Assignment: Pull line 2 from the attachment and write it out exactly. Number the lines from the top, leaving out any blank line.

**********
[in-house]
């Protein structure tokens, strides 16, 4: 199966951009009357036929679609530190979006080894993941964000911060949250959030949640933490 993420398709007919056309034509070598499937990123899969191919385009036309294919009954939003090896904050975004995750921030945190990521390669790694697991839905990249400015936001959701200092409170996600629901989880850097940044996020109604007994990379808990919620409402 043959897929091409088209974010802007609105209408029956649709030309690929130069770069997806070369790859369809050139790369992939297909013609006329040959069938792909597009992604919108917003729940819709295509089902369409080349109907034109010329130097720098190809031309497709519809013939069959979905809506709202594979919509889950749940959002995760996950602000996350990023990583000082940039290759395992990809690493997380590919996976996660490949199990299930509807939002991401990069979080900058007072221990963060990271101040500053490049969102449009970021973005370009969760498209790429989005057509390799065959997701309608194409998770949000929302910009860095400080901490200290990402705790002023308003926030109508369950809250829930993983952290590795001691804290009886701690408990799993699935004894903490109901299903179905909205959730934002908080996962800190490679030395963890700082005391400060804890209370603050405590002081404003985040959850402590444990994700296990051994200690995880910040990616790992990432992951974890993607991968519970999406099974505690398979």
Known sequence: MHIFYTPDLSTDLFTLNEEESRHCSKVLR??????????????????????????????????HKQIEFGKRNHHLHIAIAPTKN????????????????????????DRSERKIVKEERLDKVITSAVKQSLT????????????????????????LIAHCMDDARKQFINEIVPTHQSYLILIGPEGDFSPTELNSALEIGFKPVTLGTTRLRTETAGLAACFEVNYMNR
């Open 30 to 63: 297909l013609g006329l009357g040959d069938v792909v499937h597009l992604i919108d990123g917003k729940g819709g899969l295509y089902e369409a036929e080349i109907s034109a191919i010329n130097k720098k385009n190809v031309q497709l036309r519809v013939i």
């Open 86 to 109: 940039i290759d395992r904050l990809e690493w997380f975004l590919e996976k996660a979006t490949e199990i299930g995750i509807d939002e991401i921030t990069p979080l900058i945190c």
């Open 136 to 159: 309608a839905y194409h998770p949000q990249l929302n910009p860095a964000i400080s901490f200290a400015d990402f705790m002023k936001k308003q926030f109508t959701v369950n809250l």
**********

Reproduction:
């Protein structure tokens, strides 16, 4: 199966951009009357036929679609530190979006080894993941964000911060949250959030949640933490 993420398709007919056309034509070598499937990123899969191919385009036309294919009954939003090896904050975004995750921030945190990521390669790694697991839905990249400015936001959701200092409170996600629901989880850097940044996020109604007994990379808990919620409402 043959897929091409088209974010802007609105209408029956649709030309690929130069770069997806070369790859369809050139790369992939297909013609006329040959069938792909597009992604919108917003729940819709295509089902369409080349109907034109010329130097720098190809031309497709519809013939069959979905809506709202594979919509889950749940959002995760996950602000996350990023990583000082940039290759395992990809690493997380590919996976996660490949199990299930509807939002991401990069979080900058007072221990963060990271101040500053490049969102449009970021973005370009969760498209790429989005057509390799065959997701309608194409998770949000929302910009860095400080901490200290990402705790002023308003926030109508369950809250829930993983952290590795001691804290009886701690408990799993699935004894903490109901299903179905909205959730934002908080996962800190490679030395963890700082005391400060804890209370603050405590002081404003985040959850402590444990994700296990051994200690995880910040990616790992990432992951974890993607991968519970999406099974505690398979």